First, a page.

Idle GPU Temperature

Up next we have idle temperatures, with no real surprises in store. GTX 1060FE is built similarly to NVIDIA’s other blowers, and the ASUS Strix is a large, open air cooled card. Though it is worth noting that in the case of the latter 31C is with zero fan speed idle active, meaning that ASUS’s card is able to achieve great idle temperatures without any active cooling to speak of.

Load GPU Temperature - Crysis 3

Moving on to load temperatures, both GTX 1060 cards perform well here. As I’ve mentioned earlier, the GTX 1060FE never temperature throttles; NVIDIA’s cooler is powerful enough (and tuned such) that the card doesn’t need to compromise between temperatures and performance. This is basically the best case scenario for a blower, and one admitted that more powerful cards can’t usually hit without compromising on acoustics.

As for the ASUS Strix GTX 1060, it’s in a class all of its own. At 58C it’s not only ahead of other open air cooled cards like the GTX 970, but it’s downright cool for a video card under load. This is the advantage ASUS enjoys for overbuilding the card like they did: it doesn’t take very much effort to cool a 120W video card with a triple fan cooler.

Load GPU Temperature - FurMark

The story is much the same under FurMark. The GTX 1060FE still doesn’t temperature throttle – though to be clear, it’s absolutely TDP throttling – keeping it at 76C. Meanwhile compared to Crysis 3, the ASUS card warms up by all of 1C to 59C.

Idle Noise Levels

Finally, let’s take a look at noise, starting with idle noise levels. As the ASUS Strix is a zero fan speed idle card, it joins the other cards at the top of our idle noise chart, which happens to be the noise floor. The GTX 1060FE, meanwhile, performs just a bit worse than both the GTX 1070FE and RX 480, idling at roughly 1dB and 0.5dB higher respectively.

Load Noise Levels - Crysis 3

Shifting to load noise, we’ll start with the GTX 1060FE. NVIDIA’s card may not be built with the full metal shroud of their high-end cards, but its noise performance is virtually identical. At 47.1dB it’s tied with the GTX 980 and GTX 1070FE. On the one hand this means that the GTX 1060FE doesn’t really gain anything with respect to acoustics despite its lower TDP, but on the other hand this is a significantly cheaper card than either of the NVIDIA high-end cards. In any case, the GTX 1060FE’s acoustic performance is right where we’d expect to see it, and competitive with the best of the blower style cards we have in our charts. This is also in significant contrast to the reference RX 480, which although it also uses a blower style cooler, can’t manage the same acoustics, leaving the GTX 1060FE 2.9dB quieter.

As for ASUS’s Strix GTX 1060 OC, the open air cooled card is in a league of its own, generating very little noise thanks to its large cooler. And in any other review, a 41dB load noise level would likely top the chart. However the similarly open air cooled R9 380X and GTX 960 do edge out the ASUS card here, likely due to the fact that the cooling profile on the ASUS card is a bit more aggressive (e.g. sub-60C temps). Either way this is a strong performance for an open air cooled card.

Load Noise Levels - FurMark

Finally, under FurMark the story with acoustics is basically unchanged. Neither GTX 1060 card has to ramp up much further to handle the load, so acoustic performance is unfazed. This also allows the GTX 1060FE to edge ahead of the GTX 980 (or rather, not fall behind), as the GTX 980 had to ramp up a bit more under this test thanks to its higher TDP.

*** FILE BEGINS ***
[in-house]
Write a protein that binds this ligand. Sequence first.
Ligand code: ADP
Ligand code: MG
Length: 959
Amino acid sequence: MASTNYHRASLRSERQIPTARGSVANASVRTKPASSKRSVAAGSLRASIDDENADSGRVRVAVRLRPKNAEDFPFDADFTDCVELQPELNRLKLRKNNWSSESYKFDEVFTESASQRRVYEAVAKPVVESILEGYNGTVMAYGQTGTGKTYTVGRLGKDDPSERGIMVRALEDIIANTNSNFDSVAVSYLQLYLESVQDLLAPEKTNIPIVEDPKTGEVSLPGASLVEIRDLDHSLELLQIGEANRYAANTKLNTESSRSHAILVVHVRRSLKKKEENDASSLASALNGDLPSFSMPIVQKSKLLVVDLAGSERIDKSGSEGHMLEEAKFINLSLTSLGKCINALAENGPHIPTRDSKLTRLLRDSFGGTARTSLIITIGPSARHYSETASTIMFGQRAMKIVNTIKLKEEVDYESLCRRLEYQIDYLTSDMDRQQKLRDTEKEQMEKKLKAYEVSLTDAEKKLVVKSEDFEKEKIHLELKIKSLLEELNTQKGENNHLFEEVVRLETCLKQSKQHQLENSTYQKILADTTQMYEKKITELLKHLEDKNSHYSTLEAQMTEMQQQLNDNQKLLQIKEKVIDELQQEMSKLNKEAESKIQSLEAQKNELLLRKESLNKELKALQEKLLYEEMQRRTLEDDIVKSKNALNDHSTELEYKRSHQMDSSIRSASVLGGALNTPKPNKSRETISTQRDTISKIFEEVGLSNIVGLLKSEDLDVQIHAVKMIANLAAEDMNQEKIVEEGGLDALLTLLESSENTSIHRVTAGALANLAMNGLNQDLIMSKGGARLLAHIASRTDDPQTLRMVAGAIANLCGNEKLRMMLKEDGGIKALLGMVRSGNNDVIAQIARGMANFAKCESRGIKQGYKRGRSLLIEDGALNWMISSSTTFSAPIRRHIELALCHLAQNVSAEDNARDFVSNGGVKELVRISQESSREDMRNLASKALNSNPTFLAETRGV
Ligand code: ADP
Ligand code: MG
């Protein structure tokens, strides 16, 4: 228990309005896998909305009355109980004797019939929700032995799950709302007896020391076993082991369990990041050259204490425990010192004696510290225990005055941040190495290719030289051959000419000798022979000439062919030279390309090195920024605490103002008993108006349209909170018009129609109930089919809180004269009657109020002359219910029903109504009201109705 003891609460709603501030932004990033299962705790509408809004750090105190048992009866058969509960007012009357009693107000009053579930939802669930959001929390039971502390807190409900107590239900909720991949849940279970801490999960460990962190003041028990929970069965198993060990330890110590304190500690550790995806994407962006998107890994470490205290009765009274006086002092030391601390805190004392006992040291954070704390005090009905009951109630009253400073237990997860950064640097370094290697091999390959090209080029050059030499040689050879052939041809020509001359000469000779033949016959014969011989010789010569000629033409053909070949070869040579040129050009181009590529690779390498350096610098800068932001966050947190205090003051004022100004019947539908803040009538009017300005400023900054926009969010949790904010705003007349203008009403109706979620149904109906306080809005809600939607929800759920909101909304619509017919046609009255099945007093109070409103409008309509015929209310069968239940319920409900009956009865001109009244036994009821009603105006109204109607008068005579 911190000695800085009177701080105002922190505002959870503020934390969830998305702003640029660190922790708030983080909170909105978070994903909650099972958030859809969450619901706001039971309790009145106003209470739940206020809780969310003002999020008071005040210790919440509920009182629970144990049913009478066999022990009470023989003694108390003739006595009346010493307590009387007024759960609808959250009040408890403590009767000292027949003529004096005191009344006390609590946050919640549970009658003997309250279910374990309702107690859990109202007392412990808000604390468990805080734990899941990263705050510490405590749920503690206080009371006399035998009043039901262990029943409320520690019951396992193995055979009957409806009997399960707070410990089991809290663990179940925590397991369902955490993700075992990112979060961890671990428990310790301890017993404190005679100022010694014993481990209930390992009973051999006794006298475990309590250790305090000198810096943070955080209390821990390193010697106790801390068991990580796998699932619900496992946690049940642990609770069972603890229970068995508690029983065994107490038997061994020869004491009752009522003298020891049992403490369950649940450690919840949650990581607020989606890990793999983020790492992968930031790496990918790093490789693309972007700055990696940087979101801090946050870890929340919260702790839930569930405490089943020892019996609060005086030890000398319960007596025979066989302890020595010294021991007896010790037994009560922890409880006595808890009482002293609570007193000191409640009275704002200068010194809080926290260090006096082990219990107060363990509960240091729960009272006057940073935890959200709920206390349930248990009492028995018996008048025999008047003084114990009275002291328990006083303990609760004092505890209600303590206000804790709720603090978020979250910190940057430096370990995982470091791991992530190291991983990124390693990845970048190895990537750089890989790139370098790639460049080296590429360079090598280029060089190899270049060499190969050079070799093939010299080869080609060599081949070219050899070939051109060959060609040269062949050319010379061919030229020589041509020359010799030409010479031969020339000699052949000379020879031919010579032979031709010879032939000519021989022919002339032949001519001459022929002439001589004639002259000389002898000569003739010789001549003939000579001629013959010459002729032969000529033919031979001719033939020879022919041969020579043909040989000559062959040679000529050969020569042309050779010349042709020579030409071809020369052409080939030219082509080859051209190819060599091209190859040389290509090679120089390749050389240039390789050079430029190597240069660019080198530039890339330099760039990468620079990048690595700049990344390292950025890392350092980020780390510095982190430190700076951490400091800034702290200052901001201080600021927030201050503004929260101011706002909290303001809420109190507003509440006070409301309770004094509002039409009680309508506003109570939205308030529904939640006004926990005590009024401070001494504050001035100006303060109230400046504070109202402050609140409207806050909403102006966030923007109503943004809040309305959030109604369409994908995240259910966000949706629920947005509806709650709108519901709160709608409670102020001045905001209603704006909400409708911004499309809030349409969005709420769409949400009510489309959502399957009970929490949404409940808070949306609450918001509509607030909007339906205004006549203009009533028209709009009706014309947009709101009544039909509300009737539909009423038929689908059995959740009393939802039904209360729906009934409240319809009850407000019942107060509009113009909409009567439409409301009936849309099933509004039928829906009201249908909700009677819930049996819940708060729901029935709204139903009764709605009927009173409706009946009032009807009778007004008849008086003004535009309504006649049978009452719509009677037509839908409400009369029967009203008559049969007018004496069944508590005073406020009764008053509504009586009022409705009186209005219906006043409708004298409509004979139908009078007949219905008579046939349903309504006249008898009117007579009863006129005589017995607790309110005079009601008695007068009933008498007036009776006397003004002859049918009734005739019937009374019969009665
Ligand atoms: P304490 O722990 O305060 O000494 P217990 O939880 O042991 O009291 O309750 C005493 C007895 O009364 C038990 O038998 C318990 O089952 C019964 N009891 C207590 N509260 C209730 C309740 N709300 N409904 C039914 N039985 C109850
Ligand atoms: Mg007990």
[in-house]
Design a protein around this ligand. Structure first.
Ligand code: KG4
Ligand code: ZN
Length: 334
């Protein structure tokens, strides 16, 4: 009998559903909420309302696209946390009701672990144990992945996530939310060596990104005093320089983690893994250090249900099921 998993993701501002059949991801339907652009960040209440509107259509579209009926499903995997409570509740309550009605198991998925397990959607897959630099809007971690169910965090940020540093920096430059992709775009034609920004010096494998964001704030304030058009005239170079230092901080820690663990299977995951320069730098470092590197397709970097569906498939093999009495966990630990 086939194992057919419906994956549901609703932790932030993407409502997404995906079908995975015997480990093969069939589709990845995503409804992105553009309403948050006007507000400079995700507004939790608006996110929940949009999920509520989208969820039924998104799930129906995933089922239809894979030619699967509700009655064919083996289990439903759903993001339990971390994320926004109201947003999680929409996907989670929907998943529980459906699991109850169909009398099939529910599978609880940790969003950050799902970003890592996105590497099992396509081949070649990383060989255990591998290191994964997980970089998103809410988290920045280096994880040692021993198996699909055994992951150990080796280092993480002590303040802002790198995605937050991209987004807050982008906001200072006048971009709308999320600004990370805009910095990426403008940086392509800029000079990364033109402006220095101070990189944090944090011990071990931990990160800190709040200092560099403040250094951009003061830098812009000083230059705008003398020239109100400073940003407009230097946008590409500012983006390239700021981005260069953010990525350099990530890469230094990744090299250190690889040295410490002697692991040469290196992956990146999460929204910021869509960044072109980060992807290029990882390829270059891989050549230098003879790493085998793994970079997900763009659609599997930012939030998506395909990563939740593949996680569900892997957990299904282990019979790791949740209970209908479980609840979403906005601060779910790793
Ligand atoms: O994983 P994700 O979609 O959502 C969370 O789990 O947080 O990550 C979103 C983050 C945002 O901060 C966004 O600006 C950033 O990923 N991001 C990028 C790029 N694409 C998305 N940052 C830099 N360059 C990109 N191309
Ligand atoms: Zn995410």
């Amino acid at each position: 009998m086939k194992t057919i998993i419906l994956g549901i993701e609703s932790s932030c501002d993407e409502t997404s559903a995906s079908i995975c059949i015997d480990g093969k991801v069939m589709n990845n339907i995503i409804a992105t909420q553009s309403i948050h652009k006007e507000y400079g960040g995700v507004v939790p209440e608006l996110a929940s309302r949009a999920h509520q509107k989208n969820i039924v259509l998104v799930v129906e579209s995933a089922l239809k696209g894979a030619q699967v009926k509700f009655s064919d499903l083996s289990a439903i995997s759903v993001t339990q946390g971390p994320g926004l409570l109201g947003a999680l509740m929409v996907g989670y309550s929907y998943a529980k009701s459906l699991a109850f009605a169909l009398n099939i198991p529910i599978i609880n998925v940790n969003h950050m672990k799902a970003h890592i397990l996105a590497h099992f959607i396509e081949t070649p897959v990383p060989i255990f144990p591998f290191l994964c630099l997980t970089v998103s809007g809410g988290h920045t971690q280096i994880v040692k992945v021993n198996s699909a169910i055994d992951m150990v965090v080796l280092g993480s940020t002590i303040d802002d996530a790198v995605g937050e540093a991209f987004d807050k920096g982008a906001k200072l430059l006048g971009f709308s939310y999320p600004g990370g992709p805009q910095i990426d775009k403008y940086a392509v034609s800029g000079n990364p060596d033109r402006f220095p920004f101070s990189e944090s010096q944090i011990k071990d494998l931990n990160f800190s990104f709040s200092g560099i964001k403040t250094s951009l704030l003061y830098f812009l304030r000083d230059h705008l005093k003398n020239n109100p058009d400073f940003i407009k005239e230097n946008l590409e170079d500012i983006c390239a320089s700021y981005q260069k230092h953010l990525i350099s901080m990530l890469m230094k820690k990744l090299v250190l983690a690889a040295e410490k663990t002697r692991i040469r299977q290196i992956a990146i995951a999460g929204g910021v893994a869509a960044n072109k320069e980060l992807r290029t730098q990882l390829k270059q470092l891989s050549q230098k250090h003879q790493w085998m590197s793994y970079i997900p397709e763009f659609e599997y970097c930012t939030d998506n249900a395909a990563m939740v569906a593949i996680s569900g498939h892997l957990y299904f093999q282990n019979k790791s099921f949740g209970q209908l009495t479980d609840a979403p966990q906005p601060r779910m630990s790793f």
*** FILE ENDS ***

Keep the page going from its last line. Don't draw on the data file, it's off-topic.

Synthetics Overclocking
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  • osxandwindows - Friday, August 05, 2016 - link

    Finally!.
    A timely review from anandtech.
    Reply
  • osxandwindows - Friday, August 05, 2016 - link

    Now, where is the HTC10 review, the new titan, and the note 7? Reply
  • Ryan Smith - Friday, August 05, 2016 - link

    HTC 10: In progress (Josh is nearly done)
    Titan X Pascal: We weren't sampled
    Note7: No comment
    Reply
  • ddriver - Friday, August 05, 2016 - link

    "Titan X Pascal: We weren't sampled"

    What do you expect? They send units to be reviewed for publicity, which requires the unit be reviewed immediately after it is received, and the review published the moment NDA expires. But if it takes you months after the official release to review stuff - why bother sending you samples? Keep on sloth gear and you might end up having to purchase all the hardware you want to review...
    Reply
  • ddriver - Friday, August 05, 2016 - link

    And please don't go with the "but we go in depth" stuff - there is nothing preventing you from publishing detailed stuff later on. Because otherwise you are implying some absurdity like "we're too good for timely reviews" which is plain out silly. Reply
  • zepi - Friday, August 05, 2016 - link

    I'm happy to read average results from techpowerup, guru3d on whatever random site I happen to find my way to.

    I come to Anandtech to find out WHY the cards perform the way they do, not to answer the question of HOW they perform.
    Reply
  • ddriver - Friday, August 05, 2016 - link

    Sure, because it is all about you happiness... Reply
  • mmrezaie - Friday, August 05, 2016 - link

    Well mine too. I do not care about others shallow reviews. I like how Anandtech goes deep about these reviews. Maybe it is a niche portion of visitors, but AT is being famous because of these reviews. Reply
  • Fnnoobee - Friday, August 05, 2016 - link

    Deep in reviews? They're not even doing they're test on the latest AMD Crimson drivers, 16.7.3, or even 16.7.2, which released almost a month ago. Yeah, real deep testing there. /s Reply
  • mkaibear - Friday, August 05, 2016 - link

    Ah, the irony of ddriver complaining that anandtech doesn't make him happy, then telling zepi off for pointing out anandtech makes him happy... Reply